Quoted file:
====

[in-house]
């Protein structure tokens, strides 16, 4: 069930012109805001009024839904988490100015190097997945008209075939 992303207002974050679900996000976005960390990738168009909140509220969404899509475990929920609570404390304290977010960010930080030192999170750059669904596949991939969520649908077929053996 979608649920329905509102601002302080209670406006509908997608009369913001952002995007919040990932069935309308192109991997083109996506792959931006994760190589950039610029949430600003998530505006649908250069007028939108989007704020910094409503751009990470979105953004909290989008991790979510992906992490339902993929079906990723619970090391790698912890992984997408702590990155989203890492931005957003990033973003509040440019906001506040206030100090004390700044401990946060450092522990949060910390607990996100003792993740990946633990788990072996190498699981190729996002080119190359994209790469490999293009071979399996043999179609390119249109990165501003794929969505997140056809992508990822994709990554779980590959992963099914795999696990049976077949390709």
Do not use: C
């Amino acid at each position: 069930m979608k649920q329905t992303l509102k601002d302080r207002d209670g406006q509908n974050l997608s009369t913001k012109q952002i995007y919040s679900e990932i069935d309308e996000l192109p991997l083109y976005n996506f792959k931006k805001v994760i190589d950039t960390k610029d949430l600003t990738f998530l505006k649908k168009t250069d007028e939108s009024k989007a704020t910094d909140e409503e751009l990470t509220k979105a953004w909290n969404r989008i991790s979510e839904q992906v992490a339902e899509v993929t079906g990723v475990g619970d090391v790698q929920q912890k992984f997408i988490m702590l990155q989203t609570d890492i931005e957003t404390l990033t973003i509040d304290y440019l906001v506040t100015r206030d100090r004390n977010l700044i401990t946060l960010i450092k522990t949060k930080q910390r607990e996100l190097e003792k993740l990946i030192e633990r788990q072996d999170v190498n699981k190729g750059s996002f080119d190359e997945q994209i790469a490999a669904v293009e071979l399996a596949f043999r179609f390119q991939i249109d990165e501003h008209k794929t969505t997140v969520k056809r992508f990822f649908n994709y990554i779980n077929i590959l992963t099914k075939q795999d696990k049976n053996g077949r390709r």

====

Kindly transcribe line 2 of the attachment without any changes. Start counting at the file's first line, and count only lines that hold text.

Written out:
């Protein structure tokens, strides 16, 4: 069930012109805001009024839904988490100015190097997945008209075939 992303207002974050679900996000976005960390990738168009909140509220969404899509475990929920609570404390304290977010960010930080030192999170750059669904596949991939969520649908077929053996 979608649920329905509102601002302080209670406006509908997608009369913001952002995007919040990932069935309308192109991997083109996506792959931006994760190589950039610029949430600003998530505006649908250069007028939108989007704020910094409503751009990470979105953004909290989008991790979510992906992490339902993929079906990723619970090391790698912890992984997408702590990155989203890492931005957003990033973003509040440019906001506040206030100090004390700044401990946060450092522990949060910390607990996100003792993740990946633990788990072996190498699981190729996002080119190359994209790469490999293009071979399996043999179609390119249109990165501003794929969505997140056809992508990822994709990554779980590959992963099914795999696990049976077949390709």